The words ‘iconic’ and ‘legend’ are so bastardised, especially when talking about music (when people really mean ‘enduring’ or ‘good’, or ‘popular’ or ‘old’), that they’re pretty much empty and really annoying.
But in Hyde Park, under a rose-tinted sky sliding into twilight, as those eight foreboding notes which presage ‘A Forest’ reverberate from the stage, this delayed-drop intro truly is iconic. There is no other pop song like it: the chills it gives on a sweltering day (over 30 degrees in central London) have shivered the spines of hundreds of thousands of teenagers all over the world. And 65,000 of those teenagers, some of us now in our fifth, sixth or seventh decades, are gathered here on pilgrimage for The Cure’s 40th anniversary gig.
It’s an extraordinary setting, the stage wrapped around by gargantuan screens and flanked by two massive Ent-ish trees, all of which will be used to dazzling effect, particularly later as the night goes darker still. And the visuals more than live up to what you expect from this band: enchanting, magical, witty, clever and strange. Tim Pope, director of memorable 1980s videos for The Cure, is here wearing a T-shirt that says: “Yes, I am filming it. No, I don’t know when you’ll see it. Don’t even ask.”
With a bill including Roger Waters, Eric Clapton and Paul Simon the Barclaycard BST Summertime series of gigs is an unabashed classic rock retro-fest. But among many things The Cure demonstrate tonight is that they are not nostalgia-tripping their way to the bank. Do not mistake them for a ‘heritage act’ – yes, they are our musical DNA, architects of British post-punk-into-pop, but their currency, relevance and influence echoes elsewhere in today’s line-up, not least The Twilight Sad and Interpol.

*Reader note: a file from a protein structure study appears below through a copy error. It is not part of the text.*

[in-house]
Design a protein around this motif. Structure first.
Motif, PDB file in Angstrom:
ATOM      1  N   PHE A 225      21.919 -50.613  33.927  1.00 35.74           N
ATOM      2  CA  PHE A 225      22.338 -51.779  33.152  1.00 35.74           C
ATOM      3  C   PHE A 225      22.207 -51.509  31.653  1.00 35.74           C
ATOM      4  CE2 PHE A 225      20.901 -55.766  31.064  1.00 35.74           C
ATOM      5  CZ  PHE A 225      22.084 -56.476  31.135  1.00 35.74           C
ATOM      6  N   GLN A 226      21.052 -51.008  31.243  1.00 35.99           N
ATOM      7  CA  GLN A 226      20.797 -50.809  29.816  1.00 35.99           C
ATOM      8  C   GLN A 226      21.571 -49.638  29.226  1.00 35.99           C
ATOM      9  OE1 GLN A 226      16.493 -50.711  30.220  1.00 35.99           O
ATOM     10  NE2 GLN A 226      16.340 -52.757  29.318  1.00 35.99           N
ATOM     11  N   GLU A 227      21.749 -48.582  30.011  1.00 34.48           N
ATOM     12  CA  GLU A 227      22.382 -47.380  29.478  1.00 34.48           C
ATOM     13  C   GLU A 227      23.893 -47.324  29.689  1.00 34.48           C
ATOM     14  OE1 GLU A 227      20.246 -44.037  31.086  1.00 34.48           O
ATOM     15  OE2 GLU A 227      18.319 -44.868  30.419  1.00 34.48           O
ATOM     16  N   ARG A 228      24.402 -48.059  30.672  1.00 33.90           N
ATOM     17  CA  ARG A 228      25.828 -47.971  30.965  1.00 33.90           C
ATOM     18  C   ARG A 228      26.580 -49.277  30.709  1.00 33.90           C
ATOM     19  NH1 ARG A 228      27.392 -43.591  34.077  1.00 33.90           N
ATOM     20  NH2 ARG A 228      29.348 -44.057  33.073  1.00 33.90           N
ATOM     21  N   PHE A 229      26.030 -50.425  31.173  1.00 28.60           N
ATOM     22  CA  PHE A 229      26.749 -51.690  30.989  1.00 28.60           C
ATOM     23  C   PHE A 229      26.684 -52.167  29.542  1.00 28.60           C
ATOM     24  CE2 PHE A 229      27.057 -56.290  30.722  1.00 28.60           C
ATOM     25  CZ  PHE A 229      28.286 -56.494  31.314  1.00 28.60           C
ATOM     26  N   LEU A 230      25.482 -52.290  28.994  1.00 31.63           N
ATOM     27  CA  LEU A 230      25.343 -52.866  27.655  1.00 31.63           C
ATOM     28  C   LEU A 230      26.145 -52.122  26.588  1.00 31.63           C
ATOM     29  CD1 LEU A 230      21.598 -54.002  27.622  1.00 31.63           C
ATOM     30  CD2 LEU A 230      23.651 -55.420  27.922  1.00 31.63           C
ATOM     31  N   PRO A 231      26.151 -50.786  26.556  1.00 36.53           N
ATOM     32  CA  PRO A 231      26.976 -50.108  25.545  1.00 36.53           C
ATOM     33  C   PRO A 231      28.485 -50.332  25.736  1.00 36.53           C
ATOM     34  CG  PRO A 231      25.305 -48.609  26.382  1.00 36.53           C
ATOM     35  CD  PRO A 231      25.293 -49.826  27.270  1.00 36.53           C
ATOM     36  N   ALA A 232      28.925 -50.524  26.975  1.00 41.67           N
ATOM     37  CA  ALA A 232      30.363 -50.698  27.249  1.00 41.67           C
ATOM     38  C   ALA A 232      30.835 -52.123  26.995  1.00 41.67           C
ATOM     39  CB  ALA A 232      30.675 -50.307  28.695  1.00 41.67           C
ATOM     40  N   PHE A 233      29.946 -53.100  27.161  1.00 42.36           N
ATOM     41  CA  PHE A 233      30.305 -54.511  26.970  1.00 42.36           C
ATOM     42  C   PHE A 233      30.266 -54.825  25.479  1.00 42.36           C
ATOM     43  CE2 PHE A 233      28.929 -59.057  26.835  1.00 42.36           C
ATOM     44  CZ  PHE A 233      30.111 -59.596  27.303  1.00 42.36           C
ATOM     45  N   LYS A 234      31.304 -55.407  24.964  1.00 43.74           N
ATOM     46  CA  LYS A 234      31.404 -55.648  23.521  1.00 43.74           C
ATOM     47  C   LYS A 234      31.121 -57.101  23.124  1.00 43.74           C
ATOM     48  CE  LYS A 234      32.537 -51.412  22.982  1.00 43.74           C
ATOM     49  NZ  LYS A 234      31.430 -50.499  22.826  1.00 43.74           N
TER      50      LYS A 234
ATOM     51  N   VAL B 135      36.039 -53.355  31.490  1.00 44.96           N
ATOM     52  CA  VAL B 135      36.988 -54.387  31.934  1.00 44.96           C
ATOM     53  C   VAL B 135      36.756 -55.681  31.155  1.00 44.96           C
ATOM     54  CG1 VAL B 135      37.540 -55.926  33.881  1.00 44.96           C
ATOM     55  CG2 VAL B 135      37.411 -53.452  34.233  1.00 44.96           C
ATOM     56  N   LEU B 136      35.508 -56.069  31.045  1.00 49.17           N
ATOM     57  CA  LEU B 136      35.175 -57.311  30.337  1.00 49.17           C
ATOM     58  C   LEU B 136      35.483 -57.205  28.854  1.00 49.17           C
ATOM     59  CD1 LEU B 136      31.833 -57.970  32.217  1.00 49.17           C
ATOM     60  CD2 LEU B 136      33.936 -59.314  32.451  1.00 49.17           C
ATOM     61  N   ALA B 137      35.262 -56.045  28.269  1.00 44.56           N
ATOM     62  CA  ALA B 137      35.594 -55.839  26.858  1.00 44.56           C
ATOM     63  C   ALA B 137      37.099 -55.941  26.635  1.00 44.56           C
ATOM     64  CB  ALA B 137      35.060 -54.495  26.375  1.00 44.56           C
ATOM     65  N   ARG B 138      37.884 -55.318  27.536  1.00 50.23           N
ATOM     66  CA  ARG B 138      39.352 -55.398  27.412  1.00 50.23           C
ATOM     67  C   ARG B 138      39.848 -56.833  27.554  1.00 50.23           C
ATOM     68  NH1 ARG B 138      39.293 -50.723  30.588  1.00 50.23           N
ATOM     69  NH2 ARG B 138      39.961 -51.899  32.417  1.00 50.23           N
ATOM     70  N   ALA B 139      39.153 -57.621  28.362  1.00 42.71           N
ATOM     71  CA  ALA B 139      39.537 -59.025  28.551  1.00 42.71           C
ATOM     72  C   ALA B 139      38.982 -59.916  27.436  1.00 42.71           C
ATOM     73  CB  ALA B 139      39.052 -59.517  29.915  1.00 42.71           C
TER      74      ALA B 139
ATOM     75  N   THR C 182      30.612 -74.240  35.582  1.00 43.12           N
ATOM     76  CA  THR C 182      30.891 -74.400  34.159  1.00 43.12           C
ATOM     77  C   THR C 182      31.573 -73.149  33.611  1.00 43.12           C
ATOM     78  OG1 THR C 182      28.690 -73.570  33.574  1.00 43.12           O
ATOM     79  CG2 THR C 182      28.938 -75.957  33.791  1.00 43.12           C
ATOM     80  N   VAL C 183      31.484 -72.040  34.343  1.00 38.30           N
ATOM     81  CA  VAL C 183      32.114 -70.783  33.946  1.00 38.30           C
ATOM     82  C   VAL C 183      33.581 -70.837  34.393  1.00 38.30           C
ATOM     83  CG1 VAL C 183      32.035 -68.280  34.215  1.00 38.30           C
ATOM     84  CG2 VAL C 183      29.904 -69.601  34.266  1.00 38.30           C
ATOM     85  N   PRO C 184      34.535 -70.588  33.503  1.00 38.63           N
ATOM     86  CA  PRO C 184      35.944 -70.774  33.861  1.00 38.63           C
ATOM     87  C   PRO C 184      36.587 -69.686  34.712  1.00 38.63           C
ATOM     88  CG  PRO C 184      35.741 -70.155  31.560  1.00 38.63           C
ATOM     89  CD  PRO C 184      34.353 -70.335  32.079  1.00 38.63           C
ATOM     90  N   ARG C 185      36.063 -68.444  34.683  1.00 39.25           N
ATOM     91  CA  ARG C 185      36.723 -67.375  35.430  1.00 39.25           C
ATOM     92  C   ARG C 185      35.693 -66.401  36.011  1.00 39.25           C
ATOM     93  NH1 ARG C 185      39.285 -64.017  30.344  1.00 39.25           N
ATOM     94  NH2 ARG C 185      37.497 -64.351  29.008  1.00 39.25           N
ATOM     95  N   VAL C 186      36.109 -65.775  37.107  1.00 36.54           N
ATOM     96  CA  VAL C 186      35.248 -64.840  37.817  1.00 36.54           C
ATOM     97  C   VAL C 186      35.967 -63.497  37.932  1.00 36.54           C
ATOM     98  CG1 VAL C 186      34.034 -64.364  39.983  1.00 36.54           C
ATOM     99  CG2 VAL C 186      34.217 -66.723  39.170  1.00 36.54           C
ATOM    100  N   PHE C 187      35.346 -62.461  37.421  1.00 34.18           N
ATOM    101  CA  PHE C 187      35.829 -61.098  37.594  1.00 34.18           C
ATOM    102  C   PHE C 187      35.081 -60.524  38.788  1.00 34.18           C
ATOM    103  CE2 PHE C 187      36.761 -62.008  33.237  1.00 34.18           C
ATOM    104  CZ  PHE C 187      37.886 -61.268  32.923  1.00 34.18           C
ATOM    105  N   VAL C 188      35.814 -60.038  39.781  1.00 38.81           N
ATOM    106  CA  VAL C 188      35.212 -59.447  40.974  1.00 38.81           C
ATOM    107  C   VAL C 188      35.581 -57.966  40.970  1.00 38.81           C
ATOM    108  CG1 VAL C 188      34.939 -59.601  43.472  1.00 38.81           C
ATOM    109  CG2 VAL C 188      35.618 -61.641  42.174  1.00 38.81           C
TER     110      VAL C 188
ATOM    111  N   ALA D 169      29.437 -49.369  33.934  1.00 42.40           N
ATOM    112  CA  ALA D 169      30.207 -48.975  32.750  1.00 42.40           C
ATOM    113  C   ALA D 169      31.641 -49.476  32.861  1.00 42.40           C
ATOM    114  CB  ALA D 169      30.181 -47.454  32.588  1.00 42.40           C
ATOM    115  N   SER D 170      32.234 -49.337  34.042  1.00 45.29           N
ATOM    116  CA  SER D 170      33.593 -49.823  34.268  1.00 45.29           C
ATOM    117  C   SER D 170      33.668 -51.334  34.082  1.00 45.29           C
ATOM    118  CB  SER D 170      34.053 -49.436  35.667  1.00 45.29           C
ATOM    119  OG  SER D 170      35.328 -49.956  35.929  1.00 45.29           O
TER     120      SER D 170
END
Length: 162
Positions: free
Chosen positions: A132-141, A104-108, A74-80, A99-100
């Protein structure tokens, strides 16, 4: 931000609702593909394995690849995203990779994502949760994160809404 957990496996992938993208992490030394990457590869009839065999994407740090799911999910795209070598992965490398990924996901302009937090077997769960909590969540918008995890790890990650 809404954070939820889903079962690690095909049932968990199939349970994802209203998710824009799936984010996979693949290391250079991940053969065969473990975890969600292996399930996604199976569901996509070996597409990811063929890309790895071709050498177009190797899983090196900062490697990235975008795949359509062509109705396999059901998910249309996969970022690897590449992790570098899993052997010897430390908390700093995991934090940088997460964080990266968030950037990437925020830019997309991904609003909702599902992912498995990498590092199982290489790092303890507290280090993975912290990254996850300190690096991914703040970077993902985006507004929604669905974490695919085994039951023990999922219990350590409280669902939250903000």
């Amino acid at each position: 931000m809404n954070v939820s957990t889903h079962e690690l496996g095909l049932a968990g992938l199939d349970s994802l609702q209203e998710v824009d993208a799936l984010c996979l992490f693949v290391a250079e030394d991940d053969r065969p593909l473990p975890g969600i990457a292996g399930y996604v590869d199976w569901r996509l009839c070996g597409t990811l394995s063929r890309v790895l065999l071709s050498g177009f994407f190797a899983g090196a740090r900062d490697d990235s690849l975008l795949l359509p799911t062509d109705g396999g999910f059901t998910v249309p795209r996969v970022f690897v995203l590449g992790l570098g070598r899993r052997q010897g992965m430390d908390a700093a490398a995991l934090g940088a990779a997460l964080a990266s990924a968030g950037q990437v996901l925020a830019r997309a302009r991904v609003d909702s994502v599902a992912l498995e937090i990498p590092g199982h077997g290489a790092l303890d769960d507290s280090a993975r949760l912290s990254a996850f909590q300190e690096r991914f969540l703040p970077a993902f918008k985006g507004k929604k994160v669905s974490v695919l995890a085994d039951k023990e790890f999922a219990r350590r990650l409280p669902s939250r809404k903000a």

The members of The Cure love this band and its songs as much as we do
A life-long Cure fan (like any sensible 1980s teenager I had the hugest crush on Simon Gallup and Robert Smith interviews were plastered on my wall) of course I knew I would enjoy the gig. But, foolish me, I wasn’t quite prepared for the dazzling proficiency of a band not wallowing in past glories but stunningly shit-hot, seriously at the very top of their game, the sound quality is tremendous and every note and word played perfectly with freshness, vibrancy, joy, energy, ferocity and above all an immense amount of love. The members of The Cure love this band and its songs as much as we do, they play with the same intensity of love and passion with which we have cherished their music for the last four decades.
Robert Smith’s cute, small smile out-beams the relentless sun and his animated delivery of every lyric illuminates the night. Later, when he leaves the stage at the end of the gig with his hand on his heart and a promise to “see you again very soon” – joshing “it’s been a good first four decades, here’s to the next one. HA!” – he is clearly brimful of emotion.